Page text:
Quentin Tarantino’s latest cinematic offering, “Kill Bill,” hit theaters last weekend. I’ve been waiting for this film since learning of its existence last year. I saw the trailer and realized that this is everything I have ever wanted from a movie.

Movies today, despite having non-stop action, are still bland and boring. I sit in the theater, thinking to myself, “Great, now they’re gonna do another bit of computer graphics, some ‘Matrix’-type special effects, toss in a pretentious plot, and that’ll be that.”

“Kill Bill” is a relief from the unfortunate releases of recent days and, at the same time, a brilliant work in its own right. Careening between different genres, it keeps you at the edge of your seat from the second you sit down until the credits roll.

Uma Thurman plays “the bride” also known as Black Mamba, a member of an elite group known as the Deadly Viper Assassination Squad. On her wedding day, she is shot and left for dead, along with nine members of the wedding party in the chapel where she was to be married.

Tarantino is reluctant, to say the least, to tell any story in purely chronological order, however, I am not. Suffice to say that the movie plays out in a reasonably easy-to-understand order of events, and it doesn’t take nearly as much work to understand what happens when as, say, “Pulp Fiction” did.

At any rate, Thurman, after a substantial coma, awakes with the desire for revenge. Four years have passed since she entered the coma, and she sets out to kill the other members of the squad who were responsible for the massacre on her wedding day. The first two encounters we see are with Vivica Fox and Lucy Liu.

Fox, who was an expert with a knife, is living in what appears to be suburbia, raising a daughter – presumably having left behind her assassin’s ways, but this is the more minor of the two encounters. The bulk of the movie is the story of O-Ren Ishii, Lucy Liu’s character.

Ishii is the queen of the Japanese underworld – the leader of the Yakuza Council. Her Deadly Viper codename is Cottonmouth. In other words, she is one tough lady. To top this off, she has an insane 17-year-old bodyguard and a squad of 88 masked warriors that come to her defense – the Crazy 88.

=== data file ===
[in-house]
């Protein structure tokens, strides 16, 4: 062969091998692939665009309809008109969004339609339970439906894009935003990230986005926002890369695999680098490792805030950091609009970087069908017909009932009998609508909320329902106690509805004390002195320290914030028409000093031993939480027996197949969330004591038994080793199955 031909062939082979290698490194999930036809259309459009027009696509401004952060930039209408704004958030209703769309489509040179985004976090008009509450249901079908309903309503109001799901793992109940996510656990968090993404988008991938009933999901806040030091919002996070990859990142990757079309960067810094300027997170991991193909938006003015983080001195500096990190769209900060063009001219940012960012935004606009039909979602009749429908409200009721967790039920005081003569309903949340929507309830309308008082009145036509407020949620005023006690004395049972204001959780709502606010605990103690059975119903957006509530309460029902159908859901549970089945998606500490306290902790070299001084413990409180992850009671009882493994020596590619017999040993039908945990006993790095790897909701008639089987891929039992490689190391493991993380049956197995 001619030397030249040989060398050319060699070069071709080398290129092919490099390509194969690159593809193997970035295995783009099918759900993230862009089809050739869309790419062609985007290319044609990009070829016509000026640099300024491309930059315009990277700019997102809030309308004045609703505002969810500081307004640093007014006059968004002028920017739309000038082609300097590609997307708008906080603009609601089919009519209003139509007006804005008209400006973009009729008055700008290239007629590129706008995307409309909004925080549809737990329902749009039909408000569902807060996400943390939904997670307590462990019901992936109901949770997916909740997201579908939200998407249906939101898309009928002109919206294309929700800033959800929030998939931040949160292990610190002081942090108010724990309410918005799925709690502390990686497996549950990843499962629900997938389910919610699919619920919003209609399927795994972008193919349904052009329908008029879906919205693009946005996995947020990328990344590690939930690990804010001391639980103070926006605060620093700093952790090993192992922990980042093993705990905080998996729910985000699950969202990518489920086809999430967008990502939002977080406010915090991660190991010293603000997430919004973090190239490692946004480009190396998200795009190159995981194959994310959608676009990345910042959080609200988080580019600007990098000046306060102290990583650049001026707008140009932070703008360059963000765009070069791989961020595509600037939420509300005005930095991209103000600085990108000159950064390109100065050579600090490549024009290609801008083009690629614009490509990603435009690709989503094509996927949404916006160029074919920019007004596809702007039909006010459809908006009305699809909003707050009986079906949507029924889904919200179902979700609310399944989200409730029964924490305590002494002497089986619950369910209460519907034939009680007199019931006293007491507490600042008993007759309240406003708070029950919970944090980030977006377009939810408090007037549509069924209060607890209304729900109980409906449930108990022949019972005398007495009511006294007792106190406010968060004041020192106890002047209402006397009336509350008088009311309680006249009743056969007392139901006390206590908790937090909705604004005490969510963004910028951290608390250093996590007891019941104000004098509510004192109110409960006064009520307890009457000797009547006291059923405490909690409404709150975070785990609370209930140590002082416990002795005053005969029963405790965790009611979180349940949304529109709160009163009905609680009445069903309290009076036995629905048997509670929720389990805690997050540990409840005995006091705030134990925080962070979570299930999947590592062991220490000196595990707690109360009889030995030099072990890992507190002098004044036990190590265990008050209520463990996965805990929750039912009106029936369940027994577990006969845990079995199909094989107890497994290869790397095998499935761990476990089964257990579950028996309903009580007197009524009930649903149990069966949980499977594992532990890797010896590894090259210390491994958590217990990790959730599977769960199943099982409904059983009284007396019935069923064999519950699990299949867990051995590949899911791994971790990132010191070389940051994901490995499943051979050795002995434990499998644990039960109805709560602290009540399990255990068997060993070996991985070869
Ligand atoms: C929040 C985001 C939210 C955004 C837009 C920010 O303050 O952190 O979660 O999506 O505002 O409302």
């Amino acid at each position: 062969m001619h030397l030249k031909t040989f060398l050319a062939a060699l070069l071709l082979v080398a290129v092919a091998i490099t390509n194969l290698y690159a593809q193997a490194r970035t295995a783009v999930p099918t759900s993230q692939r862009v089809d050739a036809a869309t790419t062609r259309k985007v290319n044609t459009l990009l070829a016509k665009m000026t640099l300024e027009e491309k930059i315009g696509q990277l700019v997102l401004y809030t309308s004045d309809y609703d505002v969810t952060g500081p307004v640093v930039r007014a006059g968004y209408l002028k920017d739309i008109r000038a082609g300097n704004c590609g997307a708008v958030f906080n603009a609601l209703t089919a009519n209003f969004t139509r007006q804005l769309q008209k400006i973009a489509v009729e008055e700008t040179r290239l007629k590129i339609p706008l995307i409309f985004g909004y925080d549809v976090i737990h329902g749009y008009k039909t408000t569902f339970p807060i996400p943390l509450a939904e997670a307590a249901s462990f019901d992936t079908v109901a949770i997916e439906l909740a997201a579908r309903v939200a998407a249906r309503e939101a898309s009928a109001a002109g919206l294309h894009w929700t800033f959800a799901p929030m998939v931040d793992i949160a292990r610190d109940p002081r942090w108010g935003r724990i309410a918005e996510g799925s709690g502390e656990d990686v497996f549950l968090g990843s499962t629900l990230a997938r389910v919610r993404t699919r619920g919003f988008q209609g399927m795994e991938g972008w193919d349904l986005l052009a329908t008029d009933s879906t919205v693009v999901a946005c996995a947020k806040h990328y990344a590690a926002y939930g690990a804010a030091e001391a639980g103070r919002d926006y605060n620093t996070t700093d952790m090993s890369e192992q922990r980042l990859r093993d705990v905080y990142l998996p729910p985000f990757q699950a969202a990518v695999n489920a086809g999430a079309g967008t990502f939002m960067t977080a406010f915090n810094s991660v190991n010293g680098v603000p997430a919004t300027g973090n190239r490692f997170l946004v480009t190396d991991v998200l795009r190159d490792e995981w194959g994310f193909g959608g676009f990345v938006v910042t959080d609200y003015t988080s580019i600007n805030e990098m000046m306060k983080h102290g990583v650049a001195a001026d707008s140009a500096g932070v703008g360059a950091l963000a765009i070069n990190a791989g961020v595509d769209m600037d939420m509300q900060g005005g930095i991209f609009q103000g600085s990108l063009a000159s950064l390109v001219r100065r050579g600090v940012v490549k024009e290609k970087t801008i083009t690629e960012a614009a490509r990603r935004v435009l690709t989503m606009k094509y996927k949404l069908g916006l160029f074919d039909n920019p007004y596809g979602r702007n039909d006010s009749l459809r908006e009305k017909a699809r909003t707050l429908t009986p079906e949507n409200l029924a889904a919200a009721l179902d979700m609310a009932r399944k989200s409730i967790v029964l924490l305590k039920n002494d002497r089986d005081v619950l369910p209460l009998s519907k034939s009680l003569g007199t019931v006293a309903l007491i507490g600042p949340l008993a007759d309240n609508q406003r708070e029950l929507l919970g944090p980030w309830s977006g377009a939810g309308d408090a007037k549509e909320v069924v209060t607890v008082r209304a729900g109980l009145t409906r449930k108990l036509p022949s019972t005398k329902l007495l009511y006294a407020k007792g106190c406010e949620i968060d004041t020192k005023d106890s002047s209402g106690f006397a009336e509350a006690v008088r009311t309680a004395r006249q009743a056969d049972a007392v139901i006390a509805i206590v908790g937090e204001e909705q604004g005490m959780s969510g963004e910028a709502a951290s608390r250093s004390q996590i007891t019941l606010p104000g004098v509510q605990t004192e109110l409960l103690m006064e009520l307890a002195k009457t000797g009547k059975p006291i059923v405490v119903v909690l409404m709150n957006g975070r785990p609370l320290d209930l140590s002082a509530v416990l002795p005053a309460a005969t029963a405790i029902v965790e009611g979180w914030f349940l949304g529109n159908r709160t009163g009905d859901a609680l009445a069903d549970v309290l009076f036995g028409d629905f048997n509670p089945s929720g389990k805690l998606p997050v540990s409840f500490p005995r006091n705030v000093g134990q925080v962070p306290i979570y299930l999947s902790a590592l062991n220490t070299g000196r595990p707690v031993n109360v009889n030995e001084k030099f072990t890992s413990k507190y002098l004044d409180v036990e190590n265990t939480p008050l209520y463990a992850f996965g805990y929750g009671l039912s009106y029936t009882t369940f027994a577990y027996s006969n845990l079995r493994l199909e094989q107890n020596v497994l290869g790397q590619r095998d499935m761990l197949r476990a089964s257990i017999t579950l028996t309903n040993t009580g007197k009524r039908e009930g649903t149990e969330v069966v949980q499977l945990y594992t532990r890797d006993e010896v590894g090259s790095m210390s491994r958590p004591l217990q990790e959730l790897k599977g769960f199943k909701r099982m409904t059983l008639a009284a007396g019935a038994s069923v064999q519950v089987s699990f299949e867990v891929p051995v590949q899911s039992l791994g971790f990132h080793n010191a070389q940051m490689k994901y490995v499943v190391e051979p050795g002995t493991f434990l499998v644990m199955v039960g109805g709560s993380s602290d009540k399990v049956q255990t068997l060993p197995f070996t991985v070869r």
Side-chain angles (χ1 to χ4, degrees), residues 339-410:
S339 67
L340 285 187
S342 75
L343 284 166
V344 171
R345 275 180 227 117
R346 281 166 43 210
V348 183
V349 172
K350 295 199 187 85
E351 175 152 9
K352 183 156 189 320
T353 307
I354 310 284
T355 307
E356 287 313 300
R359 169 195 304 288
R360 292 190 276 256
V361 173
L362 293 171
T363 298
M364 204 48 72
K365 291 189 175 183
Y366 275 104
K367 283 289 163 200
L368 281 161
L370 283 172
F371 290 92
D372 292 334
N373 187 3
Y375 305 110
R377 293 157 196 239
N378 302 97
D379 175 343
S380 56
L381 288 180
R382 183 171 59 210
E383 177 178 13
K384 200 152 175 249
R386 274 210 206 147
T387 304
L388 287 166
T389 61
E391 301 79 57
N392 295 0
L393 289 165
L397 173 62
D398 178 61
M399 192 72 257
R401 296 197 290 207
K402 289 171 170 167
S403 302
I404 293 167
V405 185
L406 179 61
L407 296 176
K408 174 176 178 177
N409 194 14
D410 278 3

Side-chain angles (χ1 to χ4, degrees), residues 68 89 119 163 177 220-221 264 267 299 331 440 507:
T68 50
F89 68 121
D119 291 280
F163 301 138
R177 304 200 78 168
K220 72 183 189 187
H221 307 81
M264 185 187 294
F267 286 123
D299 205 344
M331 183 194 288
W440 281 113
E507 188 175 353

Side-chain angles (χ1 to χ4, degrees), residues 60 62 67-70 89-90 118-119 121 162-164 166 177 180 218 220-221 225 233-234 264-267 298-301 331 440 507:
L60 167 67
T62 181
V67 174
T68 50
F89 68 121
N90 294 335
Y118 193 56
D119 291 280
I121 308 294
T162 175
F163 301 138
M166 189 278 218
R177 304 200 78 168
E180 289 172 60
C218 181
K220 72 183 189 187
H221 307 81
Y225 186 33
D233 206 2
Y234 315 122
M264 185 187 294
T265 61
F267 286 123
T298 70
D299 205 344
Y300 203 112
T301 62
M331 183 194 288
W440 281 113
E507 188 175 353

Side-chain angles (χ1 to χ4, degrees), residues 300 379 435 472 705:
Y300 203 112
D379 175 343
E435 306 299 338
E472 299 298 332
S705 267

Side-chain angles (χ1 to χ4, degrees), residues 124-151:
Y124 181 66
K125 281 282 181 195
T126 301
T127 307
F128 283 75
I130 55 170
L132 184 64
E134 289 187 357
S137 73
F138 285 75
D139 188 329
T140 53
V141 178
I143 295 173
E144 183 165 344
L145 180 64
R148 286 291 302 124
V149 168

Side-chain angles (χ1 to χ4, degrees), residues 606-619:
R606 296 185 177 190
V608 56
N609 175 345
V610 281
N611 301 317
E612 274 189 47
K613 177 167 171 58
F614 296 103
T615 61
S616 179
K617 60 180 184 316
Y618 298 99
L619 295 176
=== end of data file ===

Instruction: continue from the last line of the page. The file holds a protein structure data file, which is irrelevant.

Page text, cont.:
The music, as with all Tarantino films, is great and unexpected. In “Kill Bill” it keeps pace well with the movie, which must have been very hard to do, considering the powerful and often surprising pacing.

The special effects are beautifully cheesy and intentionally so. Tarantino insisted that there not be any digital effects. As a result, instead of being bored out of my mind during the movie, I was intensely interested in everything that happened.

Thurman’s acting is good, but she is upstaged somewhat by Lucy Liu’s portrayal of a Japanese crime queen. Also worthy of note is the performance by Chiaki Kuriyama, who plays Go Go Yubari, Ishii’s bodyguard.

The film’s sense of humor is what one would tend to expect of Tarantino’s work – witty and often disturbing. That sense of humor pervades the whole film, from the dialogue down to the props.

Now, one thing that is integral to the film are the fight sequences. I don’t know too much about martial arts, so I couldn’t tell you if the sequences honor the martial arts styles they emulate.

What I can say is that these sequences are more impressive and captivating than anything I saw in “The Matrix,” and far more entertaining.

The plot of the movie, incomplete as it is when the credits finally roll, is compelling and well crafted.

Tarantino is a master of non-chronological story telling, and, despite how little of the plot has been revealed to us, the story was still fairly satisfying. That, however, does not alleviate my immense desire to find out what on earth Tarantino plans next for this story.

Spliced into Thurman’s story is the origin of O-Ren Ishii, an animated sequence, clearly done in Japanese style, relating the tragedy of her childhood and her rise to power.

The whole sequence is brilliant and adds a lot of good depth to the character of Ishii.

The film’s keen sense of humor and great casting decisions are what make this film fantastic. The fact that this is only “Kill Bill: Vol. 1,” and the story is but half over, is painful, but delightfully so.

In February, the second part, in which the other Vipers are encountered and Bill is confronted, will be released. It will be a difficult four months, but I’m certain it will be well worth the wait.

Powell can be reached at lpowell@campustimes.org.

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